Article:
The Dog Days of Summer
Updated: Nov 5, 2021
Unless you're living under a rock you won't have missed that it's been an active year for Peninsula real estate. (And if you are living under a rock, give me a call. I'll help you sell it and trade into a spacious new cave.)
But throughout August every headline seemed to herald a market cooling, with some even predicting a more dramatic impending crash. Is it true?
In a word, NO. So why is Chicken Little getting so much air time?
In my recent article The Truth Behind Real Estate Statistics, I talked about how the media loves dramatic headlines, counting on short news cycles and short public memory to avoid accountability. What they are (collectively) failing to grasp is the consistent seasonality cycles in real estate markets.
From mid to late July through Labor Day housing sales fall off from the peak Spring selling season. I call this the 2nd trough since the largest drop in activity falls between Thanksgiving and early February. Of course, this is followed by the 2nd peak, which is why we're suddenly seeing a wave of new listings hitting the market.
In the chart below we see that late summer sales regularly fall off 20% - 30% from the Spring peak. This year the 2nd trough only brought a 12% reduction, less than half of normal, and has already started to rebound in September. As there have been no material changes in fundamental market forces, this feels like normal seasonality to me, not a dramatic market cooling.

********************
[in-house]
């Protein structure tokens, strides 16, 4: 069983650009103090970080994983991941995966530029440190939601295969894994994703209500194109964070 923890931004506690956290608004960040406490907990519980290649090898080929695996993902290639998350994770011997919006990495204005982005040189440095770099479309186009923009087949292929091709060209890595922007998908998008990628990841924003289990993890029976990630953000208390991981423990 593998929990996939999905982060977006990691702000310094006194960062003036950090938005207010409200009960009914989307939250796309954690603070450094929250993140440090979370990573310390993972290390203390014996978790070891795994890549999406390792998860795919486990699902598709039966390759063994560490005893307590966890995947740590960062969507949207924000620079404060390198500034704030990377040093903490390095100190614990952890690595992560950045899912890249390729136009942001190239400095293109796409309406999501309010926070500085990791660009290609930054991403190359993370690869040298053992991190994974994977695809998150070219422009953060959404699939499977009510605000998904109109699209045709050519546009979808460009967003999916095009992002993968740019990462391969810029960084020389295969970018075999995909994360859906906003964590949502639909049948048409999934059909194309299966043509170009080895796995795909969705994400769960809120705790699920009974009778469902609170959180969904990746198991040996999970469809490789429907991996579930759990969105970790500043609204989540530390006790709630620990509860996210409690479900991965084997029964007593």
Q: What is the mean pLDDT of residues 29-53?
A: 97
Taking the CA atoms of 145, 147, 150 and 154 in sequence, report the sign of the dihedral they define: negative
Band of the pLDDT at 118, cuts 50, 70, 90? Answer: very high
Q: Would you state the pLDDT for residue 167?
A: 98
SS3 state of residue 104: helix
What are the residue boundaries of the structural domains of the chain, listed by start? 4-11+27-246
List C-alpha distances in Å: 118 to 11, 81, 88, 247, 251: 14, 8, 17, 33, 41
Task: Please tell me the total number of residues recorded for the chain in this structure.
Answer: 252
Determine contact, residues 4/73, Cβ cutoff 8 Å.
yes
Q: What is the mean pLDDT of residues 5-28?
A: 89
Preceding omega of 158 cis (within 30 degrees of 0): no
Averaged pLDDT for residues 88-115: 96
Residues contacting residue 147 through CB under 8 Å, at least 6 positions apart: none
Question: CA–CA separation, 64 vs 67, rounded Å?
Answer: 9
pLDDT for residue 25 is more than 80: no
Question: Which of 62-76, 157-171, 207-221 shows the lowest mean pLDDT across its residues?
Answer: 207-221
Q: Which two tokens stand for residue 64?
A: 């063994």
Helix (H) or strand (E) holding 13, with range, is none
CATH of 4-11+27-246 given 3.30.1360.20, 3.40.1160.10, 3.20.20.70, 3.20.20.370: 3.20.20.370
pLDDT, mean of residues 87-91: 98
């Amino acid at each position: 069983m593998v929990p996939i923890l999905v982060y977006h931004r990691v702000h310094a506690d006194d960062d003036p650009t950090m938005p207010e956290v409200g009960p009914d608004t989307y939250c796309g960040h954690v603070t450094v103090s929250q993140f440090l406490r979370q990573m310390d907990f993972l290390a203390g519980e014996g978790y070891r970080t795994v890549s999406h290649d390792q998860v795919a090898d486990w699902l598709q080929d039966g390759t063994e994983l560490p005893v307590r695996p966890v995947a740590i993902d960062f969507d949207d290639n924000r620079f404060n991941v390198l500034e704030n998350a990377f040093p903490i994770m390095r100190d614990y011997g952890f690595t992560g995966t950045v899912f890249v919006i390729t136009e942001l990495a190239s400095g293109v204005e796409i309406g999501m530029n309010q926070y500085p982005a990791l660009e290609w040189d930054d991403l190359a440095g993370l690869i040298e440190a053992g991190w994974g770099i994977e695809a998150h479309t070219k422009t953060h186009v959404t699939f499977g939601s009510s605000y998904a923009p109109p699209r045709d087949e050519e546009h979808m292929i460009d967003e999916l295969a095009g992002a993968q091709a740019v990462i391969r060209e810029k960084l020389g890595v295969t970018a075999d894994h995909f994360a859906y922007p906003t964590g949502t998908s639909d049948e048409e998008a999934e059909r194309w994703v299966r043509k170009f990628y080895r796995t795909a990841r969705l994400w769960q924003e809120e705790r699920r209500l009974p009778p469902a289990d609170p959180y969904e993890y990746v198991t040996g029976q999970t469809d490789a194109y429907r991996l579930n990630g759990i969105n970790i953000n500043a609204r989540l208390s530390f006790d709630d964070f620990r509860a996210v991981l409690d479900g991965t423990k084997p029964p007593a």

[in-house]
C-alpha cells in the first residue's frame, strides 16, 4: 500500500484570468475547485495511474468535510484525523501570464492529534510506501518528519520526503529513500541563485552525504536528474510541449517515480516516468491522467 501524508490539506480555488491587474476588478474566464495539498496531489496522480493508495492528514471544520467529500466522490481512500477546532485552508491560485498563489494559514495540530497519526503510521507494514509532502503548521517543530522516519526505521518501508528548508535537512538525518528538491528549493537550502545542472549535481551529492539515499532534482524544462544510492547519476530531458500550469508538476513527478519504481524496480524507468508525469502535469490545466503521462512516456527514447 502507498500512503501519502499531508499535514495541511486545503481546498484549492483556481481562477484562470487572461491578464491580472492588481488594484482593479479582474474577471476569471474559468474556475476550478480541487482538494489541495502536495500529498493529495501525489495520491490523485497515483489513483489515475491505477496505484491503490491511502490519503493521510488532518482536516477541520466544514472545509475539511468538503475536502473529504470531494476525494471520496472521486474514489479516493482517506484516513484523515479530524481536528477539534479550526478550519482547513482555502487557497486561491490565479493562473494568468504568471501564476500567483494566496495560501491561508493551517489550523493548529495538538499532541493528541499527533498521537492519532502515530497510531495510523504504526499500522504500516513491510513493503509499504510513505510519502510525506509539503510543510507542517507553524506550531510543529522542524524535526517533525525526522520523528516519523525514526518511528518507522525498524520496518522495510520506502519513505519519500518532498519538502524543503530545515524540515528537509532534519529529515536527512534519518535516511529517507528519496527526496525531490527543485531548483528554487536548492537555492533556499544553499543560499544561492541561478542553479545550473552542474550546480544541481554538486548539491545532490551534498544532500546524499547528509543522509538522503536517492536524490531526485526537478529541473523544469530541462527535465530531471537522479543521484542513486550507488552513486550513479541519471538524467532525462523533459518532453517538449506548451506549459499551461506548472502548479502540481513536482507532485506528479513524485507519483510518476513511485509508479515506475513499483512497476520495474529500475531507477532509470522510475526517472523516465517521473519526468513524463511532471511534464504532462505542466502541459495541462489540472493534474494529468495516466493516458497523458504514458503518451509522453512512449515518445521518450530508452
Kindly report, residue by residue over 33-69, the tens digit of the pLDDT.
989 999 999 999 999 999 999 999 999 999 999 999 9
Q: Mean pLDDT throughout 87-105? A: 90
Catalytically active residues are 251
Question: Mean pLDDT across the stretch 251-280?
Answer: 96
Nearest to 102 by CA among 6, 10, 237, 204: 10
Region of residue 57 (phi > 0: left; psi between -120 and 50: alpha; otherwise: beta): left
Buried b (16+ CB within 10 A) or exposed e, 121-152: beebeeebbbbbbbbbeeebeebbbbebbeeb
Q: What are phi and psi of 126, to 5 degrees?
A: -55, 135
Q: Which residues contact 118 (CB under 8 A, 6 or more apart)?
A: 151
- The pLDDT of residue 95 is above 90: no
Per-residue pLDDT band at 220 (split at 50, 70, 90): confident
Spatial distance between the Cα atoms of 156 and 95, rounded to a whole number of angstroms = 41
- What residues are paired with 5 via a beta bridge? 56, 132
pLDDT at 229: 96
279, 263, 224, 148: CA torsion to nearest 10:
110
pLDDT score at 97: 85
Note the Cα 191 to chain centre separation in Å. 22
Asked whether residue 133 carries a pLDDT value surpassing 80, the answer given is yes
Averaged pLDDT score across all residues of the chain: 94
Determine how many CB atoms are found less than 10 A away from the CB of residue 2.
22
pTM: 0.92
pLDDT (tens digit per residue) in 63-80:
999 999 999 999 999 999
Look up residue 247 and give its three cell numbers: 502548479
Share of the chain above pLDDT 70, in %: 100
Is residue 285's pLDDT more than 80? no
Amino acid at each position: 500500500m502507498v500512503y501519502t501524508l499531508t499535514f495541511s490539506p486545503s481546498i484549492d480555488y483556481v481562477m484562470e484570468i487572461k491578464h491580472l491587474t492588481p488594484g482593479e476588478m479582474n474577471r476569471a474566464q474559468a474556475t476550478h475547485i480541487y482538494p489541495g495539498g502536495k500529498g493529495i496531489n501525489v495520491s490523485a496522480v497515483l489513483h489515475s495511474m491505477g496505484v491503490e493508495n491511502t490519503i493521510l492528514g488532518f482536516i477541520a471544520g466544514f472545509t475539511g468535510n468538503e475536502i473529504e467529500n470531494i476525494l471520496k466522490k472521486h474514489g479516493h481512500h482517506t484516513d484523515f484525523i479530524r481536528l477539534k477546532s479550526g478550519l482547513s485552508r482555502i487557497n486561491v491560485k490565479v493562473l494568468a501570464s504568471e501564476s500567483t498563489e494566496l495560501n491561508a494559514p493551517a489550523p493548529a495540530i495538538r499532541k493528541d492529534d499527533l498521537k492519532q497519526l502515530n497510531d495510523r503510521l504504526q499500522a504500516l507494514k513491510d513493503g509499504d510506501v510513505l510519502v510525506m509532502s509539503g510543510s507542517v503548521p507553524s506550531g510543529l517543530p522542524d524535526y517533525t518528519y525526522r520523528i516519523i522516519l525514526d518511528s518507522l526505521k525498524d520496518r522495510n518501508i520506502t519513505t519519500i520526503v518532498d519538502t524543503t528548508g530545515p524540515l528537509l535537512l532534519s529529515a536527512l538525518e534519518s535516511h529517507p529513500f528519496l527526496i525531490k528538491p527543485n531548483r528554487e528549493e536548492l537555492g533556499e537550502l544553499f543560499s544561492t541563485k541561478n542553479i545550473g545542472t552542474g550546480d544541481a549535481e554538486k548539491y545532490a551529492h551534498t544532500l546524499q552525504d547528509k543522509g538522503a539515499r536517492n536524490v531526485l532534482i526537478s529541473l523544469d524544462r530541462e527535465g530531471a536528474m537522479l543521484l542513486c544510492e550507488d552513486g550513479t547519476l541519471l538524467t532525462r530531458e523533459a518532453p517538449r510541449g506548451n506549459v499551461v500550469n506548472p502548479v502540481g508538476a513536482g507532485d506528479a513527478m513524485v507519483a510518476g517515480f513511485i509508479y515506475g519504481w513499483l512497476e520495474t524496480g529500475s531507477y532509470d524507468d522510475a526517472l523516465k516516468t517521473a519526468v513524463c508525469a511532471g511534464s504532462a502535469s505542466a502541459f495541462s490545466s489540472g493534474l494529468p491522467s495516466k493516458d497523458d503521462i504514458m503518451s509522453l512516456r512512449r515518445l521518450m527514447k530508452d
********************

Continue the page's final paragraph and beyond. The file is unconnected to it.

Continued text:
The Dog Days of Summer...are over.
Perhaps I shouldn't be so hard on real estate reporters. They're not the only ones who ignore seasonality at their analytic peril. As an asset class real estate is not considered highly liquid, but the housing market is surprisingly dynamic. To understand the trends you have to look at longer time frames in order to mute the effects of seasonality. Three months is probably a minimum.
Taking Advantage of Seasonality
Similar to the stock market it can be advantageous to buy on the dips and sell on the peaks. If you're looking to buy, this means your best opportunity to negotiate migh be during the summer and winter troughs, with the trade-off being that there is typically less inventory during these periods. For sellers, while buyers may have less inventory to choose from during the slow period, remember that buyers have less inventory to choose from, and one of them could be yours!
Seasonality is an important force in real estate, but if you're thinking of selling, buying, or investing, remember that it's all relative. Lots of properties are sold during the winter holidays, especially in the Bay Area with our mild climate.
For a deeper dive into regional markets see these reports: